The difference between the scientific and the religious views of the world comes down to context. Those who want to believe in something unchanging can’t afford to contextualize their ideas, because our knowledge of the universe is always changing. An idea that looked reasonable to an illiterate herder (“the earth is flat”, say, or “the sun and the moon are the same size”) becomes untenable with increased information.
Religious people want to hold on to old ideas, and they can only do that by refusing to place them in the new context of understanding – even when they accept the new understanding. So they develop this split world, one of mundane reality and the other of a magical world of angels and fairies. Historical people and events, if they have become important in a religious context, gradually get moved by their adherents into the magical world.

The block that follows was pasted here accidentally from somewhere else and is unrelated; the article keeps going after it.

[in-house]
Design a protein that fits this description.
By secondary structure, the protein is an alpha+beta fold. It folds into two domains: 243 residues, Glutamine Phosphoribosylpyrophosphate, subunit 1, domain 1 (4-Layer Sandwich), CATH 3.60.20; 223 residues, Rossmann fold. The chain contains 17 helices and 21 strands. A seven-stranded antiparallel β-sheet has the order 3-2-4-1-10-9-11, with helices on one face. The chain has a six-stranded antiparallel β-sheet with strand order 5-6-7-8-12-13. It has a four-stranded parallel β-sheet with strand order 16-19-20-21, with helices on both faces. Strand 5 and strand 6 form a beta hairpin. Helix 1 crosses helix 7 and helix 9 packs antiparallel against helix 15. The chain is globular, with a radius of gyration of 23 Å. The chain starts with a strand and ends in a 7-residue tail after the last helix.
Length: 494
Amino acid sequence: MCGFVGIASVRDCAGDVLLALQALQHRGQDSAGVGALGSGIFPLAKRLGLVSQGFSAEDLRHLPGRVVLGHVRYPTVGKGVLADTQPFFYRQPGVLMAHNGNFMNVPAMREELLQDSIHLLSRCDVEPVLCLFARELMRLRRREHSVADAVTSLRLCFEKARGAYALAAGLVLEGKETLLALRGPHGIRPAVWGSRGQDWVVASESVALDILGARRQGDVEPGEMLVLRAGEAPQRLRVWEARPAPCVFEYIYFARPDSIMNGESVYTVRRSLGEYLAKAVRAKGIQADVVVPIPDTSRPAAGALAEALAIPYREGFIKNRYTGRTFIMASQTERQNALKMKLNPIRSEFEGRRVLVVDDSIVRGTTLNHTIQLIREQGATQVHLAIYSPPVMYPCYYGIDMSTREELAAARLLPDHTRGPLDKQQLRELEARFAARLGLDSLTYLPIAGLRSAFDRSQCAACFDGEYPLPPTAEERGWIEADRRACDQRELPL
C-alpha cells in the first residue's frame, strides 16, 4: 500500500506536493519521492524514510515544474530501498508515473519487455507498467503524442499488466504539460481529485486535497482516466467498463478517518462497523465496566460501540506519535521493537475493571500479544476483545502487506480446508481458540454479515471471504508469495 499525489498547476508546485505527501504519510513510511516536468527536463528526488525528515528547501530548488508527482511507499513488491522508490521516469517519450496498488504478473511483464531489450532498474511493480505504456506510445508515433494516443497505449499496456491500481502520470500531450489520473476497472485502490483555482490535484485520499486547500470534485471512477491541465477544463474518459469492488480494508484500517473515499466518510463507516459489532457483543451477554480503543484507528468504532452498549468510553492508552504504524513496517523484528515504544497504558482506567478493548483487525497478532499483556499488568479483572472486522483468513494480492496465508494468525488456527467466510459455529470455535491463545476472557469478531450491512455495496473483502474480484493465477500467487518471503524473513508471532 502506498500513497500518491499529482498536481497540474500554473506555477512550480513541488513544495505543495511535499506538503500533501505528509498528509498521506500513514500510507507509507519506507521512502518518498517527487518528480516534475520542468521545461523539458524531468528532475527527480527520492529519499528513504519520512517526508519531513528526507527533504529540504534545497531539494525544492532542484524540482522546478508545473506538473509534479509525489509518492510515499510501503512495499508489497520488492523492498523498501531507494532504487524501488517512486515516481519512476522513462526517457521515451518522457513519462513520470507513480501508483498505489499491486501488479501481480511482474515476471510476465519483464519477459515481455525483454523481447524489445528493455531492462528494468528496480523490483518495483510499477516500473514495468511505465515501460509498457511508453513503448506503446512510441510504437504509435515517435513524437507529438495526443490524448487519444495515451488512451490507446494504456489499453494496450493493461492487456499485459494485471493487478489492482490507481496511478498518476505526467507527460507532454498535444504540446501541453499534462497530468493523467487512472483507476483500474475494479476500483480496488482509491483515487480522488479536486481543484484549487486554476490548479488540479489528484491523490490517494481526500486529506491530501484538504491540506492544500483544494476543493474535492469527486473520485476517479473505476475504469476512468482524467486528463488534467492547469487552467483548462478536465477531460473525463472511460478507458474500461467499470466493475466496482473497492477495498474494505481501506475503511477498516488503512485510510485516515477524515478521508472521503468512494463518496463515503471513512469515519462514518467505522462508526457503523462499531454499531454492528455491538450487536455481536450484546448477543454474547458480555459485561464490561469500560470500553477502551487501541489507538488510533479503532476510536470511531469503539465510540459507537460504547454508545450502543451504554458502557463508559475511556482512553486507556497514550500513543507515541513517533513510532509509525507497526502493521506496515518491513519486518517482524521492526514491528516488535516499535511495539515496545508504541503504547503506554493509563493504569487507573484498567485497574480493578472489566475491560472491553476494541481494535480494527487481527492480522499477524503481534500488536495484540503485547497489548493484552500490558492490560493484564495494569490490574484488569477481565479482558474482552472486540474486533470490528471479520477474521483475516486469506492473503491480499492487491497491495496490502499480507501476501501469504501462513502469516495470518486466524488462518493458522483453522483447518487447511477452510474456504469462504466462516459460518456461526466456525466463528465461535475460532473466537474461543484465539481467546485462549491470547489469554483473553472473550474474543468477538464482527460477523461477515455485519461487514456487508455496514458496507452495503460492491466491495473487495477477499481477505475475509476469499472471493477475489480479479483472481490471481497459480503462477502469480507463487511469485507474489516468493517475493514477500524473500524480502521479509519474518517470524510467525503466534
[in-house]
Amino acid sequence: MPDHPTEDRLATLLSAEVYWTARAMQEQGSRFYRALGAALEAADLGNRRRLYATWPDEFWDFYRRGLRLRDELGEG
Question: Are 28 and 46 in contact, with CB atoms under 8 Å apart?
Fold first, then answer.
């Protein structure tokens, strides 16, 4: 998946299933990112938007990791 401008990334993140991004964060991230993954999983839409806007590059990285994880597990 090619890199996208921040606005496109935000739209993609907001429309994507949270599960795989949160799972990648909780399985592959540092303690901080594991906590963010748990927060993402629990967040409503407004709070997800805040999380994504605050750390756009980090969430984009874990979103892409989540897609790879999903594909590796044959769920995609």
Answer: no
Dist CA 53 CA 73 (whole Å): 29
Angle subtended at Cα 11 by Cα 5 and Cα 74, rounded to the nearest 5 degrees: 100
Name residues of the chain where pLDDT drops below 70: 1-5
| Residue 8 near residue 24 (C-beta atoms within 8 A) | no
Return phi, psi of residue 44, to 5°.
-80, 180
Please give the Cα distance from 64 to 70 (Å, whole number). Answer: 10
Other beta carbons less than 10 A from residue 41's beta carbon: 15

“The Gospel According to the Romans” is an attempt to undo some of this, and reconcile some major religious figures with the historical realities of their lives. In contextualizing them, their words and actions take on new meanings. We lose the magic, but we gain a richer understanding of our cultural history and identity.
It is all a part of understanding our place in the universe. And here is your place in the universe, to scale: http://t.co/uZzylwnF
It is truly amazing. Enjoy!